The Ashes: Durham's bespoke arena comes of age after quarter of a century
Nobody at that routine gathering 25 years ago can have imagined it would lead to this. But it was the start of everything, as the minutes of Durham County Cricket Club's meeting in December 1988 solemnly recorded.
"Any other business: The chairman outlined the discussions which had been held on an informal basis with a group which was interested in the idea of Durham forming a first-class side."
Four years later, the club were in the County Championship for the first time, in 2008 they won it for the first time, and on Friday they will stage an Ashes Test match on the lovely ground that they were virtually ordered to build as part of the deal.
David Harker, the club's chief executive who has been there since the start, firmly resisted the suggestion that it is the culmination of that fanciful chitchat on a winter's evening.
"I think words like 'culmination' are dangerous," he said. "This is a big step on our journey but we have to be prepared for the next step, whatever that is to be. We are constantly looking to develop in what has been a difficult economic climate."
The fourth Investec Test is undoubtedly an immense opportunity to showcase the Durham International Cricket Ground, formerly known as the Riverside. A modern stadium has a resplendent backdrop of rolling hills amid which stands Lumley Castle.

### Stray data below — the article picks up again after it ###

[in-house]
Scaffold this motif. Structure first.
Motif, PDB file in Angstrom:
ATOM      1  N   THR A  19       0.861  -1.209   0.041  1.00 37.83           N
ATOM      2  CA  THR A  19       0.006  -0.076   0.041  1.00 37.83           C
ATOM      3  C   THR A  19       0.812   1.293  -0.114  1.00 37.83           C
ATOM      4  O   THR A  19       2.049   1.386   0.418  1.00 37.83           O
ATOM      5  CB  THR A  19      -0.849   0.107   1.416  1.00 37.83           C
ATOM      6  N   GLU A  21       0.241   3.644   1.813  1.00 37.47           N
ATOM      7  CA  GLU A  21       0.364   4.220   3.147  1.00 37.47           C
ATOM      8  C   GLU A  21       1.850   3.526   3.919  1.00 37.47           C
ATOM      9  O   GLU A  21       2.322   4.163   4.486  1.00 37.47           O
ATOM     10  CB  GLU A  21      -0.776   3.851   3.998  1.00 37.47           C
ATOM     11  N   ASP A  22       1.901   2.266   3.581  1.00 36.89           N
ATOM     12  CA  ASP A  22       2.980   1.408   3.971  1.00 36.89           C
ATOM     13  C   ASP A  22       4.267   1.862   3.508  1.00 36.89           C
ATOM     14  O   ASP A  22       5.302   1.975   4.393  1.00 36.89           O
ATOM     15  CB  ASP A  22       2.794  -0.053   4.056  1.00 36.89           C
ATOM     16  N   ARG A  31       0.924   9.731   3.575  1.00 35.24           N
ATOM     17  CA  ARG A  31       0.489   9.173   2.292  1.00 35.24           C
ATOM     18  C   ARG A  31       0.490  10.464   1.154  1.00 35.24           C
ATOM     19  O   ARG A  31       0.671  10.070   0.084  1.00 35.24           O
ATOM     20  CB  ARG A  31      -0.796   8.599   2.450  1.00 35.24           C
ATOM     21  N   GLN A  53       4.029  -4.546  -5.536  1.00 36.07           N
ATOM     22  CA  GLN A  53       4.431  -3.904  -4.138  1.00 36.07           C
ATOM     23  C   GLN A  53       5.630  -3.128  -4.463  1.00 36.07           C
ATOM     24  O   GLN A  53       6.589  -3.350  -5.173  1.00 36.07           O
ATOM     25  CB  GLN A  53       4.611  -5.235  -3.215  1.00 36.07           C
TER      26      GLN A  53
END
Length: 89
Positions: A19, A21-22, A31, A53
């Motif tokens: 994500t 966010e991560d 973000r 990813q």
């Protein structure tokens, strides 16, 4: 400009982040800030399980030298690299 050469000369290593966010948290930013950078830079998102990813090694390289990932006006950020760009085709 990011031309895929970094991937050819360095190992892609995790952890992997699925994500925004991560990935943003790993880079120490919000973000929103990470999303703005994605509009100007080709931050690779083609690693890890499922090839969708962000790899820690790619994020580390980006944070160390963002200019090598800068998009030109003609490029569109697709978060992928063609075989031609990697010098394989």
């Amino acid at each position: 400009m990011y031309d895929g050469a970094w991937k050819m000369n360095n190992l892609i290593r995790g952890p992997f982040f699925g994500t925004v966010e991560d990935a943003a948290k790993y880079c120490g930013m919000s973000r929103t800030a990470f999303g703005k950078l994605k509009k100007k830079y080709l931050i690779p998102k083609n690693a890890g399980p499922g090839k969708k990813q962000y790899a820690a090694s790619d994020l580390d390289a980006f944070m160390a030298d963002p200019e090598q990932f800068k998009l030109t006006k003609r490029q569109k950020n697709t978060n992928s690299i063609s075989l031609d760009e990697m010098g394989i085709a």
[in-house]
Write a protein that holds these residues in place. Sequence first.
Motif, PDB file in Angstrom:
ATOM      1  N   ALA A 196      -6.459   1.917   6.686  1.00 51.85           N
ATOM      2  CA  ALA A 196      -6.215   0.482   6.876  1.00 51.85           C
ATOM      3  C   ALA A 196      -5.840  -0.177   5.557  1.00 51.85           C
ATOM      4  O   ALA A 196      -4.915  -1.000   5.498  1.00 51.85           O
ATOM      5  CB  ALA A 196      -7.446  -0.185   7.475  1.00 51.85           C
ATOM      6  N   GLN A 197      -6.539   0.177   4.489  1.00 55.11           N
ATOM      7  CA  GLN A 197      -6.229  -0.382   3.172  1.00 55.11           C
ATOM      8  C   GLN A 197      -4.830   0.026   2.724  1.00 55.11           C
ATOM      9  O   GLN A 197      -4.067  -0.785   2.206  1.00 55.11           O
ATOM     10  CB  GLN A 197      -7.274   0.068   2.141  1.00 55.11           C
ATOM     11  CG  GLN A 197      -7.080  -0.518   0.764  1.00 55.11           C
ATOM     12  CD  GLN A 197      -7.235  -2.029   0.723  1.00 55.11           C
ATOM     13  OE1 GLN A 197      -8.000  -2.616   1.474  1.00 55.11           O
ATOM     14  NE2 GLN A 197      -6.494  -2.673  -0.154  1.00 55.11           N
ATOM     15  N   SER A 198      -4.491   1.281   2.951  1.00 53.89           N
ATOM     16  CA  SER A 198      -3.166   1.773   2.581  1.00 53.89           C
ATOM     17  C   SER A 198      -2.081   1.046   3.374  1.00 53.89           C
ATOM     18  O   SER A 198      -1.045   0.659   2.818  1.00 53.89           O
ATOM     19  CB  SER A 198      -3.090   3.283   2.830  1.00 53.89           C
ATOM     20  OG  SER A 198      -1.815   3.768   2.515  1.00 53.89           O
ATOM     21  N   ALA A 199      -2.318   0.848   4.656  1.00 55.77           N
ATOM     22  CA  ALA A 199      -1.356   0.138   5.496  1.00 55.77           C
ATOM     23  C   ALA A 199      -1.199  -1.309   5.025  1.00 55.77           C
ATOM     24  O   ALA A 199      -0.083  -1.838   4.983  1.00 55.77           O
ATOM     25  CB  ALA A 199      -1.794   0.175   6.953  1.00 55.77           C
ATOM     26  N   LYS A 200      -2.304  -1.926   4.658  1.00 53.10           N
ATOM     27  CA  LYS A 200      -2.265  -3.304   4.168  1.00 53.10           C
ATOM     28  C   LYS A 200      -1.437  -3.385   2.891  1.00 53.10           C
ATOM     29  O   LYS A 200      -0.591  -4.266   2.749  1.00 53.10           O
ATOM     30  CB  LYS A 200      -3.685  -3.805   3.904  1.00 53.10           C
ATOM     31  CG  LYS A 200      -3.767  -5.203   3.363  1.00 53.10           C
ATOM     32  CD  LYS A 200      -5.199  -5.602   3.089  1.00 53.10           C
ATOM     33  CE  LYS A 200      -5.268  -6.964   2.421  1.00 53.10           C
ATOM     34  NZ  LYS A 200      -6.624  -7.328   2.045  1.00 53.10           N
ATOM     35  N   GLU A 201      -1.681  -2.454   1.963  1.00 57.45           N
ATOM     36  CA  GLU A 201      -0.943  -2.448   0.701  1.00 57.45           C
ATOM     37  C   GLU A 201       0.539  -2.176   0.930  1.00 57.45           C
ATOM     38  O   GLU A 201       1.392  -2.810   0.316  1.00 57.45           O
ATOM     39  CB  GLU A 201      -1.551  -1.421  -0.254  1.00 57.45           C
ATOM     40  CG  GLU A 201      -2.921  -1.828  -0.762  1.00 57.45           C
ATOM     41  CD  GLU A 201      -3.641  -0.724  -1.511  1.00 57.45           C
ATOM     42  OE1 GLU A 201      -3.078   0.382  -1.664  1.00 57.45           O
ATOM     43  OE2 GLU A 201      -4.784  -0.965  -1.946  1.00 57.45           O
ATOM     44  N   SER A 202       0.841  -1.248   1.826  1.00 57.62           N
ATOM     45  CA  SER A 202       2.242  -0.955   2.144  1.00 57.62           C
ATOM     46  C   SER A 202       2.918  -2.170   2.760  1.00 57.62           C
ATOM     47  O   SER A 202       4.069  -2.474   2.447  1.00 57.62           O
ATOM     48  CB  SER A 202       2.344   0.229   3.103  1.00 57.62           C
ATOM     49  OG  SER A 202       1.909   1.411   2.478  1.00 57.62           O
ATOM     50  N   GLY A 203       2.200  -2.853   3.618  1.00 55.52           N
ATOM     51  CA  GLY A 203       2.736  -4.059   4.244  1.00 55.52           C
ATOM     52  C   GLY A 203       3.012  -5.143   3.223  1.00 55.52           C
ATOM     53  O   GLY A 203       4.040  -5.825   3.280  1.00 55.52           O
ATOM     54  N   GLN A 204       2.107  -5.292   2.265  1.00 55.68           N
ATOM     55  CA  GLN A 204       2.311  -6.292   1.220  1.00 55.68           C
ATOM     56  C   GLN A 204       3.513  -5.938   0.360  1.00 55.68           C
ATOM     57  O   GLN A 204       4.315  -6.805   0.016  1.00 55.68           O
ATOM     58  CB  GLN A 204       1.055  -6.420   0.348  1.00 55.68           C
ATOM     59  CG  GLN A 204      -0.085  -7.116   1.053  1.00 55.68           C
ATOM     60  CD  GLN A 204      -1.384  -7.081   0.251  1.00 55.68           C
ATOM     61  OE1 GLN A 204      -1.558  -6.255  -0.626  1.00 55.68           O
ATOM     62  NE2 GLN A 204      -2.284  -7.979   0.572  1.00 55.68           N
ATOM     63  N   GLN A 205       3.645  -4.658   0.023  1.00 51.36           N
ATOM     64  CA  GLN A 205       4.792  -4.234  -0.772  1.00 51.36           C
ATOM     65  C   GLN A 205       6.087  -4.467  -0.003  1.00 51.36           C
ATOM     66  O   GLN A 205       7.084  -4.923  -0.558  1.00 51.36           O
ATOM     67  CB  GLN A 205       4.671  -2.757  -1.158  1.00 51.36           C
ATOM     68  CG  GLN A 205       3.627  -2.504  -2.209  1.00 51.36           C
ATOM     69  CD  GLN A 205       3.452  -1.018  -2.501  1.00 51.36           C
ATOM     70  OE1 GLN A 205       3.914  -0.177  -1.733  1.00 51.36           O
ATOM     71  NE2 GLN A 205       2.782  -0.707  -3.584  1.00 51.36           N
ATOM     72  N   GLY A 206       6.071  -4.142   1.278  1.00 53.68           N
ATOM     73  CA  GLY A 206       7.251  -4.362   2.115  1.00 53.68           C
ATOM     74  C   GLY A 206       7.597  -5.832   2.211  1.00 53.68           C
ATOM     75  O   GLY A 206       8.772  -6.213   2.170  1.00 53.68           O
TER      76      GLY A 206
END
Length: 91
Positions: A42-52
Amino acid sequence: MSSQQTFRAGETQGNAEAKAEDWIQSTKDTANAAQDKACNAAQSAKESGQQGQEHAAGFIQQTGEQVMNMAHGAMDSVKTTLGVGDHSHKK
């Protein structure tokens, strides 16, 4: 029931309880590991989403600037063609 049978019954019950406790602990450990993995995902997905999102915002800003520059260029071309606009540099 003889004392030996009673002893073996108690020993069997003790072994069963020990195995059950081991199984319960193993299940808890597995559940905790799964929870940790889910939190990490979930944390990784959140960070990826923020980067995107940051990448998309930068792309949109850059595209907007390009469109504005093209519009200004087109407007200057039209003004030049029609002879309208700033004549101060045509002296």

There have been four Tests at the Riverside in the last 10 years but this is the first in what might be called high summer against the season's main tourists. The first three days are sold out but there are tickets still available for Monday, which is less a comment on the state of the series than the state of the region.
"When the application was made to become a first-class county, part of the acceptance was the building of an international-class stadium," said Harker. "An international-class stadium needs international matches and we applied for and got those. We need to keep having them to sustain it."
The club has known hard times and had to hand back two such matches that it was due to stage. The brutal financial truth is that the people of the North-east would probably not be able to support two internationals a year.
But Durham County Council has pledged £2.6m of funding, which has been matched by the North East Local Enterprise Partnership. "The political leadership sees this club as an important asset to the region," Harker said.
The next immediate phase is to raise funds for a purpose-built academy, which is likely to cost up to £1m. But this is the week that the Durham ICG goes on the map.
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